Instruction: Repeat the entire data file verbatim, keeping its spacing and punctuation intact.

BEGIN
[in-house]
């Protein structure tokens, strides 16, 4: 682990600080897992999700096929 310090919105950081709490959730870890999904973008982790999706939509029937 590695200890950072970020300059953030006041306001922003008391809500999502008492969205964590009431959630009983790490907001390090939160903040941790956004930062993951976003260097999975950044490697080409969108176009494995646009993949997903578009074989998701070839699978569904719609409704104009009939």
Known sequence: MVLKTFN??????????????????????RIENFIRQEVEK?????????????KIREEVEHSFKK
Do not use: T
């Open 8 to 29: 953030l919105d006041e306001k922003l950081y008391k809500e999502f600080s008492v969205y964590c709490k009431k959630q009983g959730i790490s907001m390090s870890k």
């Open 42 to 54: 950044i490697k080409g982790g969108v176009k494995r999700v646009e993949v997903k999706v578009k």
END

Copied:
[in-house]
């Protein structure tokens, strides 16, 4: 682990600080897992999700096929 310090919105950081709490959730870890999904973008982790999706939509029937 590695200890950072970020300059953030006041306001922003008391809500999502008492969205964590009431959630009983790490907001390090939160903040941790956004930062993951976003260097999975950044490697080409969108176009494995646009993949997903578009074989998701070839699978569904719609409704104009009939």
Known sequence: MVLKTFN??????????????????????RIENFIRQEVEK?????????????KIREEVEHSFKK
Do not use: T
């Open 8 to 29: 953030l919105d006041e306001k922003l950081y008391k809500e999502f600080s008492v969205y964590c709490k009431k959630q009983g959730i790490s907001m390090s870890k």
């Open 42 to 54: 950044i490697k080409g982790g969108v176009k494995r999700v646009e993949v997903k999706v578009k």